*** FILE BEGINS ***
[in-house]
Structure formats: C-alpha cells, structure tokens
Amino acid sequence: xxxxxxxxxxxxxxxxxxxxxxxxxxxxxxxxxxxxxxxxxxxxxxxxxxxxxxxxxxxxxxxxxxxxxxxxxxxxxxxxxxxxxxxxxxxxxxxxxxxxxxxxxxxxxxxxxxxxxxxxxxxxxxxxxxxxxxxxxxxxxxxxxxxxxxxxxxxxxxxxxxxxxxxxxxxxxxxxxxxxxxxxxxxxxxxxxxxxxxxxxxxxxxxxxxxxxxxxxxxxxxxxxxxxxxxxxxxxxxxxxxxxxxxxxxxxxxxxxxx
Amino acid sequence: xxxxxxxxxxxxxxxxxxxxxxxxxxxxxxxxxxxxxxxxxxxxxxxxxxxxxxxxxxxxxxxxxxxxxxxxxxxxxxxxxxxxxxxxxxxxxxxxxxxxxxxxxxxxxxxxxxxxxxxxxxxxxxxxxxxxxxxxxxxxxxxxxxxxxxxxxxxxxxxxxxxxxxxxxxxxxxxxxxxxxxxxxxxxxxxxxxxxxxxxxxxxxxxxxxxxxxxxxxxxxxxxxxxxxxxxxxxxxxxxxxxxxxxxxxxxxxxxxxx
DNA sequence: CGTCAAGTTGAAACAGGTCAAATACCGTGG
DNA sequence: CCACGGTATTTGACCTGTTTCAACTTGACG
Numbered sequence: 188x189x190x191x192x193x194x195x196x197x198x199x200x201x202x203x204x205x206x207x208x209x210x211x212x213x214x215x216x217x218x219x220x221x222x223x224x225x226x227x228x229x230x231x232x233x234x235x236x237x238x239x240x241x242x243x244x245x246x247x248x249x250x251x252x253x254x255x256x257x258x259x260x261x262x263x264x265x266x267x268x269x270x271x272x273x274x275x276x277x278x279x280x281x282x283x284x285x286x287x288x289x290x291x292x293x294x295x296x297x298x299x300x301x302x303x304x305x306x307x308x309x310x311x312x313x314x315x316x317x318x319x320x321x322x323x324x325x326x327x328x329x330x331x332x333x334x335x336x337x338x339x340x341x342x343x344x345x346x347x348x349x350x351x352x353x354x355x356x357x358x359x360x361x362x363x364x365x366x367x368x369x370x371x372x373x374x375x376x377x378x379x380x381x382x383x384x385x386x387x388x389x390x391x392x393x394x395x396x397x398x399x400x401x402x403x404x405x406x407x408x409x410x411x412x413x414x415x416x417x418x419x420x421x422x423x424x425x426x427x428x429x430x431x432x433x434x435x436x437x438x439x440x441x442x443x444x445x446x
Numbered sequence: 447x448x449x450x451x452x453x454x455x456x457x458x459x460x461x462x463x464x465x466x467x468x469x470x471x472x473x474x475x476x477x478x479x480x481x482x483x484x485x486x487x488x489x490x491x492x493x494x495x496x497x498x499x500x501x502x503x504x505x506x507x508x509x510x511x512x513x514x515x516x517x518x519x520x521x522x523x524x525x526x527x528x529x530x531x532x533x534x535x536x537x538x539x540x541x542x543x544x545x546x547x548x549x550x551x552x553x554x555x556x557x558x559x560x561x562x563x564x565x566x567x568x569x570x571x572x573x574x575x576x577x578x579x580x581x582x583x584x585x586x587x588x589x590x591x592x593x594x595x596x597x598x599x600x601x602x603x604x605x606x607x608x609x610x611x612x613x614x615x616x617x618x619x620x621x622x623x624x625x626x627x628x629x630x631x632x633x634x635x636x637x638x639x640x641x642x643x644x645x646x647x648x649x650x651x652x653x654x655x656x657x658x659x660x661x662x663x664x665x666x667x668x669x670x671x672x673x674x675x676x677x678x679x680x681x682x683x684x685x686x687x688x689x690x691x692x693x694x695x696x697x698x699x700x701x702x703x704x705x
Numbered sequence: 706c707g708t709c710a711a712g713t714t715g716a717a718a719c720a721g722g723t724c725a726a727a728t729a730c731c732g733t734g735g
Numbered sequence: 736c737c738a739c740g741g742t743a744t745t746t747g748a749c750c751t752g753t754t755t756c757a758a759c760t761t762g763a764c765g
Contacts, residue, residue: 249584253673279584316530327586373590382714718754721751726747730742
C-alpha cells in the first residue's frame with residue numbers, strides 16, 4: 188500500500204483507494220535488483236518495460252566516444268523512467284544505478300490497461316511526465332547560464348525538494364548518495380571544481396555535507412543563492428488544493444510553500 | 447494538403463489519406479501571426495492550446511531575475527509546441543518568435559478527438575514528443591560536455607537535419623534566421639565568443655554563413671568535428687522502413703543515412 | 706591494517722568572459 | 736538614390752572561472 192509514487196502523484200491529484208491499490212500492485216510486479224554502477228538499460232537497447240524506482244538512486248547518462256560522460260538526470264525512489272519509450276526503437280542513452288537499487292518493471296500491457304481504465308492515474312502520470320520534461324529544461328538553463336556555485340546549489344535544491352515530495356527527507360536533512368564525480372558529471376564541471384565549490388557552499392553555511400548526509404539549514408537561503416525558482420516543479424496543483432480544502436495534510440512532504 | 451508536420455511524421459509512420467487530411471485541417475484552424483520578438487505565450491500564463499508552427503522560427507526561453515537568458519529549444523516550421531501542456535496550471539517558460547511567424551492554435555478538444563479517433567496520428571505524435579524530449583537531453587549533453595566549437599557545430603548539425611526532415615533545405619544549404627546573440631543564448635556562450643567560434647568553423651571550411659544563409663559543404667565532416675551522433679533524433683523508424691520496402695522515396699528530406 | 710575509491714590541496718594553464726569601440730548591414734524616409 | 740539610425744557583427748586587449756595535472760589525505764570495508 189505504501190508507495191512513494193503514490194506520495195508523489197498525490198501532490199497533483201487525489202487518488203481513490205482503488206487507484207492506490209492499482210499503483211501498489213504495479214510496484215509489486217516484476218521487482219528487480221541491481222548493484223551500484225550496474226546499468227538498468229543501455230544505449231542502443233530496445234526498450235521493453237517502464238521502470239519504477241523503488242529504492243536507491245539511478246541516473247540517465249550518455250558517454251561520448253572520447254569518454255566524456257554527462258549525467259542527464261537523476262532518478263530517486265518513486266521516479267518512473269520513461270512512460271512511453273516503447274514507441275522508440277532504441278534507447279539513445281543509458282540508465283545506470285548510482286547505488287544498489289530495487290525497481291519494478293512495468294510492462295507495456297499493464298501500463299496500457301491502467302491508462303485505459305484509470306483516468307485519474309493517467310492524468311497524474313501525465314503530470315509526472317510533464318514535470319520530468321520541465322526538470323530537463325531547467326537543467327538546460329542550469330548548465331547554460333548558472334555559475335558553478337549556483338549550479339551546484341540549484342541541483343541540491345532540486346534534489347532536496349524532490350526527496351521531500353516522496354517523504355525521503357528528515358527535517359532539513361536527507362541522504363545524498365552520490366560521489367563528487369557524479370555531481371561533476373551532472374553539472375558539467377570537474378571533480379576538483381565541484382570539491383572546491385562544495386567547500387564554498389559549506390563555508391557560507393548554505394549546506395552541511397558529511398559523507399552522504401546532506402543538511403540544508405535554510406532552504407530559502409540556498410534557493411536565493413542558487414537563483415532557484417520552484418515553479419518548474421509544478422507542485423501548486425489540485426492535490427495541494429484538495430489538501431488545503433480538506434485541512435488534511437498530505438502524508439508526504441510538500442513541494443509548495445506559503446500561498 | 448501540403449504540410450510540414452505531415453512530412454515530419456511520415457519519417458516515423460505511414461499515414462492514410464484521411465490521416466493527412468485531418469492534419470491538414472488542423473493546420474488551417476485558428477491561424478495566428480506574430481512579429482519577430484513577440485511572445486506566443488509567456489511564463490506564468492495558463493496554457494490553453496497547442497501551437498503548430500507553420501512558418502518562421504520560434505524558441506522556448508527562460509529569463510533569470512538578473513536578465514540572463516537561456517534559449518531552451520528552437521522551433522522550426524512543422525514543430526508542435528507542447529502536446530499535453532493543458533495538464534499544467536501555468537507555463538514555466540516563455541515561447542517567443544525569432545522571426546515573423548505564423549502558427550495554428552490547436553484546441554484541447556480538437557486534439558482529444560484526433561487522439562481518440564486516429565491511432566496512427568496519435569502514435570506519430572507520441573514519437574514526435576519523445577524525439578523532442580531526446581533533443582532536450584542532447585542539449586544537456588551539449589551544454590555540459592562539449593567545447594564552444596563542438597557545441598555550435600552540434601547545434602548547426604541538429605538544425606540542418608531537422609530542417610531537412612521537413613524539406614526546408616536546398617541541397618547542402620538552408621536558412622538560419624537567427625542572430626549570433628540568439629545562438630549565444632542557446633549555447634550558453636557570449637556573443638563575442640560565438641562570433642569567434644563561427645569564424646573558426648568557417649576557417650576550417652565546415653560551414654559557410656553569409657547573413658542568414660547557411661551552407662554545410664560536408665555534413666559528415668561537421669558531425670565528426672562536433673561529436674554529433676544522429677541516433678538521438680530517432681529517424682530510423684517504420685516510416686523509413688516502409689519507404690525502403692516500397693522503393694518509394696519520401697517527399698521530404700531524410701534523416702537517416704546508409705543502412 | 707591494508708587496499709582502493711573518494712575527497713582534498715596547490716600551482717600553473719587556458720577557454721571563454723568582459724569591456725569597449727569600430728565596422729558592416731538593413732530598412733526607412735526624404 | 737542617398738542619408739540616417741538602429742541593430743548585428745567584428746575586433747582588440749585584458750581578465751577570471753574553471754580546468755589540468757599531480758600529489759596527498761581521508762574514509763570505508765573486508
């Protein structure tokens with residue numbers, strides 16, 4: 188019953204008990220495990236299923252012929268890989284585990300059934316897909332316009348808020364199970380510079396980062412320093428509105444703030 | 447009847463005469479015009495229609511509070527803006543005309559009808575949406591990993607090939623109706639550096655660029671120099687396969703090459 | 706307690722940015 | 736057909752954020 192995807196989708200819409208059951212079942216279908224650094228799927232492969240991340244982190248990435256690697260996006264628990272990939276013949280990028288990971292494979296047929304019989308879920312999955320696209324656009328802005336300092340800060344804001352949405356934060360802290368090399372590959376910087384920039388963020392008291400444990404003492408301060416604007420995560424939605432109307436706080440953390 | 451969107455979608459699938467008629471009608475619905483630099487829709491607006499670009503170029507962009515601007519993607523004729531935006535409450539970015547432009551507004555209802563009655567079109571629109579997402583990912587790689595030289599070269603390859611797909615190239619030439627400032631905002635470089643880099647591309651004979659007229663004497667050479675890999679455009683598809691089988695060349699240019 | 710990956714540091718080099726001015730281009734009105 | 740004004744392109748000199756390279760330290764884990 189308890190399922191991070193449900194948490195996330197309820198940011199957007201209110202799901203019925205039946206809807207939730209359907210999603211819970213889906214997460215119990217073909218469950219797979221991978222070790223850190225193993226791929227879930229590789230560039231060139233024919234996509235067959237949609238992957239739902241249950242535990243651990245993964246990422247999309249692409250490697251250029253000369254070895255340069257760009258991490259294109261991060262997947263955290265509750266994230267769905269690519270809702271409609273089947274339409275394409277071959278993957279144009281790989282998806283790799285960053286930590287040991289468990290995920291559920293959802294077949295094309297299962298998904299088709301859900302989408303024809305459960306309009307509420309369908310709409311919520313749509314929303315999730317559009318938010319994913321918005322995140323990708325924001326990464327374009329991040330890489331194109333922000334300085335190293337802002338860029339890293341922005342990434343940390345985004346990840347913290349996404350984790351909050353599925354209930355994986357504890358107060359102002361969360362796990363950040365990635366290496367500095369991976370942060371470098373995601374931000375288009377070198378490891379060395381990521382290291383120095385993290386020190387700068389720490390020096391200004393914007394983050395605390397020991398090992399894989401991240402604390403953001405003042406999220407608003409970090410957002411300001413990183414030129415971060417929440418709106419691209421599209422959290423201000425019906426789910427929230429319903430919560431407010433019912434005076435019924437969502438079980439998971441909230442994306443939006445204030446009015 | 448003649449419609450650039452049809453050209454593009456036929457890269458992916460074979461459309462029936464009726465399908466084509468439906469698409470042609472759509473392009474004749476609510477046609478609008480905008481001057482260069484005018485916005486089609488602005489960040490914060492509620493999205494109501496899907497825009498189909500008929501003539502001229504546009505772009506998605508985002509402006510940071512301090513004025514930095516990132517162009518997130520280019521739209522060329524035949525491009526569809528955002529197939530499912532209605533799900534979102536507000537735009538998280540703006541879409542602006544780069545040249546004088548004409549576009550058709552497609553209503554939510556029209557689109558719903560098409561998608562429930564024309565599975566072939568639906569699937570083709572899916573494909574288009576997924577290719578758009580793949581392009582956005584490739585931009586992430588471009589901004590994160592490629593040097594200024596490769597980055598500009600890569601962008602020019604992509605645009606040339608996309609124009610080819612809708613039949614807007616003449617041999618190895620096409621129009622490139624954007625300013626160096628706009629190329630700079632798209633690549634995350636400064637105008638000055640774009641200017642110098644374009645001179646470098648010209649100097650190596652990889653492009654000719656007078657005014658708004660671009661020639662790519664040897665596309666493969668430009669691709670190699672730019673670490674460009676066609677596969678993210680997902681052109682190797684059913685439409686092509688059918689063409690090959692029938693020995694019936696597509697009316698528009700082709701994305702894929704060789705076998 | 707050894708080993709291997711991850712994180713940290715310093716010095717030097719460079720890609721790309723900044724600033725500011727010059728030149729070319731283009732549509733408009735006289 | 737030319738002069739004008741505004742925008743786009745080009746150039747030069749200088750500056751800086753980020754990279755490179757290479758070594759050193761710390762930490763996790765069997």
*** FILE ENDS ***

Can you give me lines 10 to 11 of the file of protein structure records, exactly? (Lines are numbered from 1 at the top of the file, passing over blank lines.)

Numbered sequence: 736c737c738a739c740g741g742t743a744t745t746t747g748a749c750c751t752g753t754t755t756c757a758a759c760t761t762g763a764c765g
Contacts, residue, residue: 249584253673279584316530327586373590382714718754721751726747730742